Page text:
Katz Launches New Online Invoicing System

Media rep firm Katz Television has launched an online invoicing system, TVinvoices.com, which it is pushing stations and others to adopt.

So far, two of its TV station group clients are signed on--Clear Channel and the New York Times--and it will be available to all clients (it reps 372 stations) in the next two months, according to the company.

Katz says the difference between this and other electronic invoicing systems is that it, not stations, will maintain the system and manage and update the information, which will in turn reduce processing time and get ad agency payments to stations faster.

Katz will charge a "minimal" flat annual fee, scaled to market size, rather than a per-invoice charge for the service, saying it isn't looking to turn it into a revenue stream.

The goal is to make invoicing easier for ad agencies, which Katz hopes will not only reduce payment time for broadcasters but boost spot spending in the bargain.

Katz is having a third party run the site, so competing rep firms could use it while still keeping their information proprietary. It will make it available to the competition once its own clients have signed on.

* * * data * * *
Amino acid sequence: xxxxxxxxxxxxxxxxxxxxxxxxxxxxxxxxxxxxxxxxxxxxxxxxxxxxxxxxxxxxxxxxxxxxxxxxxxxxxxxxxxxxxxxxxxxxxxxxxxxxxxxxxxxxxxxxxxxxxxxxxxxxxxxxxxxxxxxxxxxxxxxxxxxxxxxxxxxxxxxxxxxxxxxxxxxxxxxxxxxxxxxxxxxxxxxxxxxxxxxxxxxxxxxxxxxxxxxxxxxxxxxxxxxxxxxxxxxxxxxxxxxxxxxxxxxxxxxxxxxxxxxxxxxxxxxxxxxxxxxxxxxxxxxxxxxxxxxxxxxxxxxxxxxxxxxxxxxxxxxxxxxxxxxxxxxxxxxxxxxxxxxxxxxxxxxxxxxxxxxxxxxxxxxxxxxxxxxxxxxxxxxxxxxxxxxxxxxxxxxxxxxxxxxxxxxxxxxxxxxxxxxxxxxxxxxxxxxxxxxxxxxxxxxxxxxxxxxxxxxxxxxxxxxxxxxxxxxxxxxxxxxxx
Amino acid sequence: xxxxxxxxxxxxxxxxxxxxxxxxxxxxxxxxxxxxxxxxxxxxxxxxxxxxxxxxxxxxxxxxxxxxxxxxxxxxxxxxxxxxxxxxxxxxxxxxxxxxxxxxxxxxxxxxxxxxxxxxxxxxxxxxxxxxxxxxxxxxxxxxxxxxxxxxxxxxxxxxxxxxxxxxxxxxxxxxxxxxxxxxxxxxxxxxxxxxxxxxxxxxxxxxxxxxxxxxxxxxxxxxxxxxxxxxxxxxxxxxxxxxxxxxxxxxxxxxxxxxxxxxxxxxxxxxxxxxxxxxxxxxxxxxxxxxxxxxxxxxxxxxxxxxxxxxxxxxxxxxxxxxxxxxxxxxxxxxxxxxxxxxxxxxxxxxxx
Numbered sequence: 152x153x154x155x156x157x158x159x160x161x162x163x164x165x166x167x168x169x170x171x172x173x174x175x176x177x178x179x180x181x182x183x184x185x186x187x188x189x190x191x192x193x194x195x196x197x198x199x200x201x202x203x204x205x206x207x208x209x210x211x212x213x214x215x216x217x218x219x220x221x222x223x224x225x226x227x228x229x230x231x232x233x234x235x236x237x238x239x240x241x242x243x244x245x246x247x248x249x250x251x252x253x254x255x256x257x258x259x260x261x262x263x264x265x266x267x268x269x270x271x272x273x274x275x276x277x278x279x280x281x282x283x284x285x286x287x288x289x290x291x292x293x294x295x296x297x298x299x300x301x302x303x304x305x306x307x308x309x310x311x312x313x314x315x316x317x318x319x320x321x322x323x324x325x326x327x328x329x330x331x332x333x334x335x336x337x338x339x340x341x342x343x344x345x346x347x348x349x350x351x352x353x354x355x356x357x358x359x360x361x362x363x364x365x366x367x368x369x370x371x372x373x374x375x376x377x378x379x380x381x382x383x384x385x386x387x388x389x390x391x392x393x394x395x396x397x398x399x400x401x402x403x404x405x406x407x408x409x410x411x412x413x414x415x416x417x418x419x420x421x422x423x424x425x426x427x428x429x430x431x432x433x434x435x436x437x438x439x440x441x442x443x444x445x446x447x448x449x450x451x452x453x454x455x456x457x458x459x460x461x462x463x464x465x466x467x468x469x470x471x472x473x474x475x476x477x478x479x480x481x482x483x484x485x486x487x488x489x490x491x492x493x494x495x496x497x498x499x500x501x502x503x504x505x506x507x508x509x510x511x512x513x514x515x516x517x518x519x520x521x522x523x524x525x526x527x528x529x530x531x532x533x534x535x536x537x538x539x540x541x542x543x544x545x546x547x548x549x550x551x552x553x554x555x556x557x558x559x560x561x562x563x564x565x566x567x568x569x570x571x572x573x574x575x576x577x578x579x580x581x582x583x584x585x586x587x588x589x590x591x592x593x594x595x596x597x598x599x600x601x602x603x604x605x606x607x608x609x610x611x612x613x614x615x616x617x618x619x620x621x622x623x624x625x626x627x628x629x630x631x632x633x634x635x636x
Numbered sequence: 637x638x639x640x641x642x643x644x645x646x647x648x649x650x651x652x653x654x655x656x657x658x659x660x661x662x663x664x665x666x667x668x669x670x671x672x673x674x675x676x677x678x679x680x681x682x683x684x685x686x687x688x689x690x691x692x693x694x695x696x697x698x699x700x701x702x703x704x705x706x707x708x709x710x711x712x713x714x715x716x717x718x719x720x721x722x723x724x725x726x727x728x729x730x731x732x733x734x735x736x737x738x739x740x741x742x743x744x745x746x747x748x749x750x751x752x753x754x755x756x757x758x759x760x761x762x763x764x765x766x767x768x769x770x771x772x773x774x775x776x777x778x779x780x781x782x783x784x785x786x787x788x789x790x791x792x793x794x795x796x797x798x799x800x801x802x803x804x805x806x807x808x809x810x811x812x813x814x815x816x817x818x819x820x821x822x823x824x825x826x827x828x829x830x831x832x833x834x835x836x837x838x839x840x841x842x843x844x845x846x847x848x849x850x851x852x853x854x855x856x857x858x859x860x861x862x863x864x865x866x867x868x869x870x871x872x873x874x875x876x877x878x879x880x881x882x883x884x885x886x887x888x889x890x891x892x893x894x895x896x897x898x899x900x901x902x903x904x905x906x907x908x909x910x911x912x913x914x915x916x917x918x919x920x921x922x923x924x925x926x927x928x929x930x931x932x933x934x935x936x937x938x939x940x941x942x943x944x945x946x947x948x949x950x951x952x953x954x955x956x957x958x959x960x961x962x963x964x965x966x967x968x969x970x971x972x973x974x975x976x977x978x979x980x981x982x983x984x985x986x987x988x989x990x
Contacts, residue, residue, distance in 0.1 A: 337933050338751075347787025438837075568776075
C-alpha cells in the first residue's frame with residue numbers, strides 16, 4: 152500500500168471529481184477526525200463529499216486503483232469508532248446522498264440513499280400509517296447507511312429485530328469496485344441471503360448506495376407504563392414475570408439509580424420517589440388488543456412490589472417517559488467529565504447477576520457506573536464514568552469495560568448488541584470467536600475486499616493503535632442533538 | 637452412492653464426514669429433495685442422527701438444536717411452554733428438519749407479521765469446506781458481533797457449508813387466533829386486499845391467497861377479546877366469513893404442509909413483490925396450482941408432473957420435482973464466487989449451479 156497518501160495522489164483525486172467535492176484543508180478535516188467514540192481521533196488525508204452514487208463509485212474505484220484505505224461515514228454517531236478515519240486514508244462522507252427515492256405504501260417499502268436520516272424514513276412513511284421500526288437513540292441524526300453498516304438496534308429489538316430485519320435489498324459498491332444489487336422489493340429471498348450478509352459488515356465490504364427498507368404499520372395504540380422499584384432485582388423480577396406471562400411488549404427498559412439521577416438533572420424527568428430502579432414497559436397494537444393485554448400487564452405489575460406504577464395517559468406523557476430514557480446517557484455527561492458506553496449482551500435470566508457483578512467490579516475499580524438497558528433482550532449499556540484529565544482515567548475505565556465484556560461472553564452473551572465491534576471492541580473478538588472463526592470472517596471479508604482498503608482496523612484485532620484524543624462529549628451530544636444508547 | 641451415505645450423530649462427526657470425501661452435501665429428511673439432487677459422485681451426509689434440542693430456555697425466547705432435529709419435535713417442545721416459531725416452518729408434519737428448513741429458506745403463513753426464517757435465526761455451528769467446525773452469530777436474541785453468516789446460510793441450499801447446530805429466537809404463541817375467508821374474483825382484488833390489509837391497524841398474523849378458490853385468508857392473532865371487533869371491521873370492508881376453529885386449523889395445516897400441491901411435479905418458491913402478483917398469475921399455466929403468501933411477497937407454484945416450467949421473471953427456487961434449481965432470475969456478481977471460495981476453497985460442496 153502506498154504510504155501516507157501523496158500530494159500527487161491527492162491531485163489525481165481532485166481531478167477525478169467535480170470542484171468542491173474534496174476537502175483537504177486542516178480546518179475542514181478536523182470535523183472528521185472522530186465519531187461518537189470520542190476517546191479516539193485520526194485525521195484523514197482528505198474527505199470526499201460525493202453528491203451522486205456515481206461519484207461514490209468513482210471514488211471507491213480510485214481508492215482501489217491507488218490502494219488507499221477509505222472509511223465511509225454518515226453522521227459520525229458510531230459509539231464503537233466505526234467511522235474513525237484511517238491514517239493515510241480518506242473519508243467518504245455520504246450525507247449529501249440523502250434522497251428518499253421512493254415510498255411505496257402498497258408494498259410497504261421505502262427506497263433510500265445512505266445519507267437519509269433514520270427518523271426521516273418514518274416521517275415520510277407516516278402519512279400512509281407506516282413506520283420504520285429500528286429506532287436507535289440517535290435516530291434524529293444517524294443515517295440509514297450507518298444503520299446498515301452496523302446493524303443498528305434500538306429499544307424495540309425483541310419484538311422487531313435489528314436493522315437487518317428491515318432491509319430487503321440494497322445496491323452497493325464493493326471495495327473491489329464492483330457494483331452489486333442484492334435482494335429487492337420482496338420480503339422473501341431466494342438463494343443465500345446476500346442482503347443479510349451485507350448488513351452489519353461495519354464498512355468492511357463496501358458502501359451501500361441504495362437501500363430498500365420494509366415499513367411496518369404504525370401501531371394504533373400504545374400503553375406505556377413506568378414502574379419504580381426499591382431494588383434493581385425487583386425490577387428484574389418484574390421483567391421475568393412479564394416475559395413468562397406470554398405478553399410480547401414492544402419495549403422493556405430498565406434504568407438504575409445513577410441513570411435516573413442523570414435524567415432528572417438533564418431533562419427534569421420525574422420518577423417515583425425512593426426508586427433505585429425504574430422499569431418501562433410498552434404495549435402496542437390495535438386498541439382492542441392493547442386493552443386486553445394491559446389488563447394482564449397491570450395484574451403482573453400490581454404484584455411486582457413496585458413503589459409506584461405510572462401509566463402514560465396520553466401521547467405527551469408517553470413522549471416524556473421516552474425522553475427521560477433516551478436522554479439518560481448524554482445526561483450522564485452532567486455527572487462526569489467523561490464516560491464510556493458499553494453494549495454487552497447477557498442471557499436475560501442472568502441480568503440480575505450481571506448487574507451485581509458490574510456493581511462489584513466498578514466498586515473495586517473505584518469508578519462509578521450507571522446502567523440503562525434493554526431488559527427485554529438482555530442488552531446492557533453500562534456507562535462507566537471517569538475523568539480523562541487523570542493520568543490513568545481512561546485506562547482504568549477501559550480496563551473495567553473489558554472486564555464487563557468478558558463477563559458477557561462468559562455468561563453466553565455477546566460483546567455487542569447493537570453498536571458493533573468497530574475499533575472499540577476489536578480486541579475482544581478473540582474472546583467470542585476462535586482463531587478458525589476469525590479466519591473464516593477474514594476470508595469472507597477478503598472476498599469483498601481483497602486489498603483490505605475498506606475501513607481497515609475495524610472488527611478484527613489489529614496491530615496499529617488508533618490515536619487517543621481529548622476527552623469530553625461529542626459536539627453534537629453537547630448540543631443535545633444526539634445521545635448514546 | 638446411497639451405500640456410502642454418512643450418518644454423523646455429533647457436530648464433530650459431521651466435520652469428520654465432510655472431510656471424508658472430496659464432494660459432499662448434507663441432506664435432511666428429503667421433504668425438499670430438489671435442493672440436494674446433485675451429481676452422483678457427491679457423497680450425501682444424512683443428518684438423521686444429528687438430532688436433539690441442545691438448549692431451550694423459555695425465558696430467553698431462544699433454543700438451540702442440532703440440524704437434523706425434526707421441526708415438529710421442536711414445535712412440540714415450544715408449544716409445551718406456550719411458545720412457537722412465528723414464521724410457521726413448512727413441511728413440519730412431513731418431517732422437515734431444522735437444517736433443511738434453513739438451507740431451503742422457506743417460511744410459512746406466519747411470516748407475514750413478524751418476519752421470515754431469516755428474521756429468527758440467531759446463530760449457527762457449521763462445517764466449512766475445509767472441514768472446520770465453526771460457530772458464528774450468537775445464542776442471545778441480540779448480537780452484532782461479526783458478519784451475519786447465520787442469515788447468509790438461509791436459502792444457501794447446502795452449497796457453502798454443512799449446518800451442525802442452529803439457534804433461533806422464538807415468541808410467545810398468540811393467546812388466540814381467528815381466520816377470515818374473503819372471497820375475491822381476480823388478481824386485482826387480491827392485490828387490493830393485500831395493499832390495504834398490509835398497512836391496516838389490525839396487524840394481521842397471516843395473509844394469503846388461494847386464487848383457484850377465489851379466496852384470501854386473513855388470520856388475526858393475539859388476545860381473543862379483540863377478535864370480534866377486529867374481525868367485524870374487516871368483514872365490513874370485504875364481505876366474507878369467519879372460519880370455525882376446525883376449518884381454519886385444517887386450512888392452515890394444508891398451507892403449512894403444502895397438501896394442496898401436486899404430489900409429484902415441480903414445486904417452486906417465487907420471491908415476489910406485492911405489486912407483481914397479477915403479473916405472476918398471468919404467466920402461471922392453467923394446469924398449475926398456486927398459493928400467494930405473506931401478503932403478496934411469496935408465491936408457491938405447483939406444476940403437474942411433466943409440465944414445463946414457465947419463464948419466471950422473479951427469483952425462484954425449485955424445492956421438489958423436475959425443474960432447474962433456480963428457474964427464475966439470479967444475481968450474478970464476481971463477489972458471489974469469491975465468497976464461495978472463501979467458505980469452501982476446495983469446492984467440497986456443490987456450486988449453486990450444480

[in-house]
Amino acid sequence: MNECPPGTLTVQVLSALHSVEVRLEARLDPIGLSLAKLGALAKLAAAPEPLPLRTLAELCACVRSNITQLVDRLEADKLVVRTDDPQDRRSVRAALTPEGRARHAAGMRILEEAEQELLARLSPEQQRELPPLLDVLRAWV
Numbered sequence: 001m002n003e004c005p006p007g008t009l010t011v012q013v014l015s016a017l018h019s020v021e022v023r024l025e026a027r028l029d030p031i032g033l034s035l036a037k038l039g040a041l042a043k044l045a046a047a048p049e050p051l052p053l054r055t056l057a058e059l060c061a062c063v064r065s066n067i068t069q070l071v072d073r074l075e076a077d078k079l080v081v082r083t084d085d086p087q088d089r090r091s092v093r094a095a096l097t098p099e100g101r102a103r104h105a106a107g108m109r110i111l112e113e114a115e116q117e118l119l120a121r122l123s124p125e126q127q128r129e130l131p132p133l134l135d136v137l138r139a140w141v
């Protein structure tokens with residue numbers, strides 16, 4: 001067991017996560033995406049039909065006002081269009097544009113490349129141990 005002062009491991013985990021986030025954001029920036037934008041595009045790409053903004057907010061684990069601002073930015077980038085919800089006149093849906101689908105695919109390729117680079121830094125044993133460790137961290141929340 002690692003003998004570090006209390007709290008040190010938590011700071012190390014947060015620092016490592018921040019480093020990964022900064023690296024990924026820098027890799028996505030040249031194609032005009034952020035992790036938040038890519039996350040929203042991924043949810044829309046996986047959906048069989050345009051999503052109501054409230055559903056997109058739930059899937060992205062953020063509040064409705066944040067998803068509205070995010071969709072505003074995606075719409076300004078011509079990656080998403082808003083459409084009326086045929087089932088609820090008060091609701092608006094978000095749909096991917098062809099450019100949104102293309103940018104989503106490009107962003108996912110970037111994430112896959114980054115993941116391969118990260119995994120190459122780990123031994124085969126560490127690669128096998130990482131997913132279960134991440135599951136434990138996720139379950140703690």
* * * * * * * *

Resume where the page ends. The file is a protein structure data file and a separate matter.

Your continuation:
"We are only trying to increase the amount of dollars going to spot TV by easing the burden on the agencies," Katz CIO David Prager told B&C. "Stations stand to gain if agencies are able to process all their invocies electronically."

They also gain by not having to manage the changes when agencies move, merge, or more join the electronic system. Those changes can sometimes fall through the cracks at busy local TV operations.

John Eggerton

Contributing editor John Eggerton has been an editor and/or writer on media regulation, legislation and policy for over four decades, including covering the FCC, FTC, Congress, the major media trade associations, and the federal courts. In addition to Multichannel News and Broadcasting + Cable, his work has appeared in Radio World, TV Technology, TV Fax, This Week in Consumer Electronics, Variety and the Encyclopedia Britannica.